Measuring employee productivity

To calculate workplace productivity, you first need to know how to measure it. To start, create a benchmark for each goal or metric. Define what you want to measure which could be sales produced over time, new customers attained, or revenue generated. The benchmark should indicate what each employee can accomplish at their peak performance.

Next, set objectives and SMART goals to empower employees. SMART is a handy acronym to remember in setting goals. It stands for: Specific, Measurable, Achievable, Relevant, and Time-bound. These values are crucial in developing goals that create forward progress.

Be careful not to lose touch of the end-user experience in your pursuit of productivity. As a company becomes increasingly efficient in measuring productivity, they may begin to cut corners in quality control. General Motors was implicated in one of the largest personal-injury lawsuits when their 1979 Chevrolet Malibu was found to have fuel tank design flaws. The company was shown evidence that the car was unsafe but refused to change it due to cost. As a result, they were ordered to pay $4.9 billion in settlements after six people were severely burned from rear-end collisions. Remember to focus on the quality of work as much as the quantity.


Improving employee/individual productivity

The importance of employee productivity lies in the value the employee generates for the company. Productive, engaged employees tend to make more units, use time more efficiently, and create a more positive customer experience.

To maintain or improve employee productivity, start with opportunities for growth. Inspect any insufficient processes, from C-level executive decisions, to supply chain management, to customer-facing interactions. There may be bottlenecks that prevent your employees from achieving optimal efficiency. In a tech-based firm, bottlenecks may include slow computers and outdated servers. Even two years after Microsoft ended support for its Windows XP operating software, almost 12% of all Windows-based computers continued to use the OS, equivalent to 181 million PCs; This presented significant technological limitations for companies worldwide.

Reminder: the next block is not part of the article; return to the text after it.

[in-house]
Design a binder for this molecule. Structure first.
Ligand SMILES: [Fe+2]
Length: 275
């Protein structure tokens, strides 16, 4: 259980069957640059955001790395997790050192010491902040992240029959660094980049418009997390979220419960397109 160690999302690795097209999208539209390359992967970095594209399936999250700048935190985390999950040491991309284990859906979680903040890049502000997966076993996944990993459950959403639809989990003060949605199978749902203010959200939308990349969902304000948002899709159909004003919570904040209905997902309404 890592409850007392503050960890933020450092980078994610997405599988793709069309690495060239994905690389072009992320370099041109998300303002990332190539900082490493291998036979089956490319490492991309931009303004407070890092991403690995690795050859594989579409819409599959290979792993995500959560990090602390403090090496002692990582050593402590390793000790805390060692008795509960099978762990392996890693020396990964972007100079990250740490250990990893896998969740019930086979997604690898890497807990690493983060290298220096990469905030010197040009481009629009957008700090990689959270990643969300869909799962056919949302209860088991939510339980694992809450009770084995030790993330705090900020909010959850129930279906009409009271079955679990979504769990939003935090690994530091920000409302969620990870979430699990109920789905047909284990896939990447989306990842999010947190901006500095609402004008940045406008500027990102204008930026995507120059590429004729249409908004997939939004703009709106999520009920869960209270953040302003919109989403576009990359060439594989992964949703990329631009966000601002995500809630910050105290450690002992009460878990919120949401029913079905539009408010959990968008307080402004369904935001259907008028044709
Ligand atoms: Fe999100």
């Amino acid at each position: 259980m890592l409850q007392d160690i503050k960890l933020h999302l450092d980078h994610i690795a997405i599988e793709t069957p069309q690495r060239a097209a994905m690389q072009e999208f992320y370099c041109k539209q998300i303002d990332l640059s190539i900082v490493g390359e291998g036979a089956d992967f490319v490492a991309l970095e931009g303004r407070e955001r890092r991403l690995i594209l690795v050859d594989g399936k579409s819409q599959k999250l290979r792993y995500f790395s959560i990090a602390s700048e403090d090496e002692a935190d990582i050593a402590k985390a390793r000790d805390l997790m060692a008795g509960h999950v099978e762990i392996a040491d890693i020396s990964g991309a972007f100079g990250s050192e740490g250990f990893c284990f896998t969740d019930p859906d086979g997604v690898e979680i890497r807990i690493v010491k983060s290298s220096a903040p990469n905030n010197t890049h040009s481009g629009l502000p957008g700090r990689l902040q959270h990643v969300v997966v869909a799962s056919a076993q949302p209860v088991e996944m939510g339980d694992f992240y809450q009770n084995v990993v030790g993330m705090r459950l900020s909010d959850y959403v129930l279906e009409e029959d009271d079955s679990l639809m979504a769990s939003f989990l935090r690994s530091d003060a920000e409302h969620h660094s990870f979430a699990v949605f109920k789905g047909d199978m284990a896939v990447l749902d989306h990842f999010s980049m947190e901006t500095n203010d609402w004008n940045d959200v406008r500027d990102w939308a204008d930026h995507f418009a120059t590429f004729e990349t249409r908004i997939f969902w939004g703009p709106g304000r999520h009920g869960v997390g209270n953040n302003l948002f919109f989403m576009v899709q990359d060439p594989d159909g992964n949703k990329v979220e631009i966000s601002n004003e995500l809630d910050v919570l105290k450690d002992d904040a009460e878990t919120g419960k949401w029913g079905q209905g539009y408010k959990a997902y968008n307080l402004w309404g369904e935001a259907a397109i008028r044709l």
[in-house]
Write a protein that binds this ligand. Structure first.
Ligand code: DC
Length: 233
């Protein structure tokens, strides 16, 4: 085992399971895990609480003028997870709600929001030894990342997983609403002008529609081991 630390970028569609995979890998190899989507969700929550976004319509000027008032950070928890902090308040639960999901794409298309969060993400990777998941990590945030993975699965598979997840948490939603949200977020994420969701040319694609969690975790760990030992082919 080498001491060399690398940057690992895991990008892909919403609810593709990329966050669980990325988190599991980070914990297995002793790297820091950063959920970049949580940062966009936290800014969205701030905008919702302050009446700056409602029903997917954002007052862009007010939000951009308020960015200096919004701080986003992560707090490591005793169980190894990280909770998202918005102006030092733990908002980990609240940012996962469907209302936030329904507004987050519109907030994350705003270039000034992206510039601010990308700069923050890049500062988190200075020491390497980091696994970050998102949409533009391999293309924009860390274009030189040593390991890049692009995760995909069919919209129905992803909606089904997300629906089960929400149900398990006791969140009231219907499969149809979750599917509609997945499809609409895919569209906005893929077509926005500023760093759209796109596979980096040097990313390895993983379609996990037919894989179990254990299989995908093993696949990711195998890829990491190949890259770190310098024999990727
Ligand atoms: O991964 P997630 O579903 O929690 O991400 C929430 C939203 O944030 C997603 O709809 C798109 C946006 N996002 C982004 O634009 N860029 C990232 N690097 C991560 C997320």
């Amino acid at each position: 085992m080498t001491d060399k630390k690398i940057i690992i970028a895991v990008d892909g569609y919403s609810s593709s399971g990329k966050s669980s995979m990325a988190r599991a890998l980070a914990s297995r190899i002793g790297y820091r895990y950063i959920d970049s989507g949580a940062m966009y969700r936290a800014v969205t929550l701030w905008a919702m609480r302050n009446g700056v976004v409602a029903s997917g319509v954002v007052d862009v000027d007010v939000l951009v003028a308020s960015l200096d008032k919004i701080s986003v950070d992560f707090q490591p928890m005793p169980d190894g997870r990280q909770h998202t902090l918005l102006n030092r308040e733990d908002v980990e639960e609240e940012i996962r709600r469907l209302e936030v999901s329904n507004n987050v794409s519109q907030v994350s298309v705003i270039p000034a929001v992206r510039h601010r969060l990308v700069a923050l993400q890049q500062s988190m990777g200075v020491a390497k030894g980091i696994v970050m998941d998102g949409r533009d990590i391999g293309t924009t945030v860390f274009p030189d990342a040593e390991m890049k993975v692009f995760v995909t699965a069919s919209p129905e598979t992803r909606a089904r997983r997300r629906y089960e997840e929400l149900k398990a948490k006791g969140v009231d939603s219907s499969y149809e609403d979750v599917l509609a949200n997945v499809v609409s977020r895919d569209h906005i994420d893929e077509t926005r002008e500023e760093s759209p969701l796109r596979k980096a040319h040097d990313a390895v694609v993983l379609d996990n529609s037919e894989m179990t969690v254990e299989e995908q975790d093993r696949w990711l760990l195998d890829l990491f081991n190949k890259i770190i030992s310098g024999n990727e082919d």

After inspecting processes, observe the team. Most importantly, managers and leaders should find worker disengagement within the team before it becomes a larger issue. Major signs of disengagement (besides decreased productivity) include social withdrawal, attendance problems, and even issues with management. Keep an eye out for troublesome, negative employees—they may drag the entire team down.


Productivity reporting

Reporting is just as essential to improving workplace productivity as measurement and calculation. Without useful and accurate data insights, leaders would not know what action to take next, and workers may not feel as compelled to be productive.

Luckily, modern software has taken the pain and hassle out of reporting. These days, enterprise-level tools are becoming increasingly affordable and easy to use. Many feature dashboards show different KPIs in simple yet intuitive visualizations, such as revenue, engagement, sales, and more.

Below are a few of the most popular productivity reporting tools available today: – Simple and elegant, is designed to make collaboration fun for everyone. You can display the progress of a project from a granular or big-picture perspective with multiple view options.
Grammarly Business – Serving over 10,000 teams, Grammarly helps writers improve their vocabulary, tone, and style.
Trello – For companies that work best using the Kanban system, nothing beats Trello. Not only does it present your whole pipeline in a simple interface, but it also has over 100 integrations as well.

Productivity remains the top priority for so many businesses, and yet so few understand the variance and complexity that can arise from measuring, calculating, and reporting productivity. Those with patience and tenacity are rewarded with a greater understanding of how to improve and advance the business as a whole.

You do not need productivity experts or consultants, fancy productivity training classes, or a harsh and unforgiving culture. It starts by merely understanding how productivity works, how to measure it, and how to calculate it.

For more tips and guides to becoming a more productive version of yourself in 2020, remember to follow Novel Coworking’s blog today.